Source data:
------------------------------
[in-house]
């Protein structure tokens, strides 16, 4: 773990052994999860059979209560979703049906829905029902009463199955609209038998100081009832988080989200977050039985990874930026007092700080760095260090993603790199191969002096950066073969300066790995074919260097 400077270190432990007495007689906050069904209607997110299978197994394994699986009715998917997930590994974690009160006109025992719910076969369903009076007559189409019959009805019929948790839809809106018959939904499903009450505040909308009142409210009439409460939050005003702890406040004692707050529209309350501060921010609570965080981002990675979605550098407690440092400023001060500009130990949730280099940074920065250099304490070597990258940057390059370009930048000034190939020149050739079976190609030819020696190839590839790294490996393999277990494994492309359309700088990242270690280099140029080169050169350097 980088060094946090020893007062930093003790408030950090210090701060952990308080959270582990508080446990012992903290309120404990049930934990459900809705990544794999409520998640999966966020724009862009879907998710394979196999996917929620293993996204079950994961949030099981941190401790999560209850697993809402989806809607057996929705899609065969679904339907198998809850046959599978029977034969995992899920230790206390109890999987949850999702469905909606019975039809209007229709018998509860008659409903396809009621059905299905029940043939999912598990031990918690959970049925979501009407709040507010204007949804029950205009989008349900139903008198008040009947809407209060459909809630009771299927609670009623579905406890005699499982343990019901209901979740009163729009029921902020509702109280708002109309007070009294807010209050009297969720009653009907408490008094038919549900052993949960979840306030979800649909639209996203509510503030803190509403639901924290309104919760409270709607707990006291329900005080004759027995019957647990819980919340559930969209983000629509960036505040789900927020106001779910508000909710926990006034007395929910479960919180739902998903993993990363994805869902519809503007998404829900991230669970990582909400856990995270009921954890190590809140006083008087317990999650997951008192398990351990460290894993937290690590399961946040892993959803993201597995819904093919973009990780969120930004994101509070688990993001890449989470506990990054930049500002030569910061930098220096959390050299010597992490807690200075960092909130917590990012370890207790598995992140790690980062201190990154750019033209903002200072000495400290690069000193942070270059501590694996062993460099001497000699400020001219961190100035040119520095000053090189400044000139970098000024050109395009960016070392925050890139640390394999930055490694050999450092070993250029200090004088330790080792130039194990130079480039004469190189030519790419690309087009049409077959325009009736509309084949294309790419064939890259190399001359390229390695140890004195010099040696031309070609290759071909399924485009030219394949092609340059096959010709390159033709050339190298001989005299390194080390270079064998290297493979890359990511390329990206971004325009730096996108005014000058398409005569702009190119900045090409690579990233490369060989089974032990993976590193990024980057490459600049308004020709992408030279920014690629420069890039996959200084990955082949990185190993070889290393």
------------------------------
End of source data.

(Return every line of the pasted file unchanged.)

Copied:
[in-house]
């Protein structure tokens, strides 16, 4: 773990052994999860059979209560979703049906829905029902009463199955609209038998100081009832988080989200977050039985990874930026007092700080760095260090993603790199191969002096950066073969300066790995074919260097 400077270190432990007495007689906050069904209607997110299978197994394994699986009715998917997930590994974690009160006109025992719910076969369903009076007559189409019959009805019929948790839809809106018959939904499903009450505040909308009142409210009439409460939050005003702890406040004692707050529209309350501060921010609570965080981002990675979605550098407690440092400023001060500009130990949730280099940074920065250099304490070597990258940057390059370009930048000034190939020149050739079976190609030819020696190839590839790294490996393999277990494994492309359309700088990242270690280099140029080169050169350097 980088060094946090020893007062930093003790408030950090210090701060952990308080959270582990508080446990012992903290309120404990049930934990459900809705990544794999409520998640999966966020724009862009879907998710394979196999996917929620293993996204079950994961949030099981941190401790999560209850697993809402989806809607057996929705899609065969679904339907198998809850046959599978029977034969995992899920230790206390109890999987949850999702469905909606019975039809209007229709018998509860008659409903396809009621059905299905029940043939999912598990031990918690959970049925979501009407709040507010204007949804029950205009989008349900139903008198008040009947809407209060459909809630009771299927609670009623579905406890005699499982343990019901209901979740009163729009029921902020509702109280708002109309007070009294807010209050009297969720009653009907408490008094038919549900052993949960979840306030979800649909639209996203509510503030803190509403639901924290309104919760409270709607707990006291329900005080004759027995019957647990819980919340559930969209983000629509960036505040789900927020106001779910508000909710926990006034007395929910479960919180739902998903993993990363994805869902519809503007998404829900991230669970990582909400856990995270009921954890190590809140006083008087317990999650997951008192398990351990460290894993937290690590399961946040892993959803993201597995819904093919973009990780969120930004994101509070688990993001890449989470506990990054930049500002030569910061930098220096959390050299010597992490807690200075960092909130917590990012370890207790598995992140790690980062201190990154750019033209903002200072000495400290690069000193942070270059501590694996062993460099001497000699400020001219961190100035040119520095000053090189400044000139970098000024050109395009960016070392925050890139640390394999930055490694050999450092070993250029200090004088330790080792130039194990130079480039004469190189030519790419690309087009049409077959325009009736509309084949294309790419064939890259190399001359390229390695140890004195010099040696031309070609290759071909399924485009030219394949092609340059096959010709390159033709050339190298001989005299390194080390270079064998290297493979890359990511390329990206971004325009730096996108005014000058398409005569702009190119900045090409690579990233490369060989089974032990993976590193990024980057490459600049308004020709992408030279920014690629420069890039996959200084990955082949990185190993070889290393």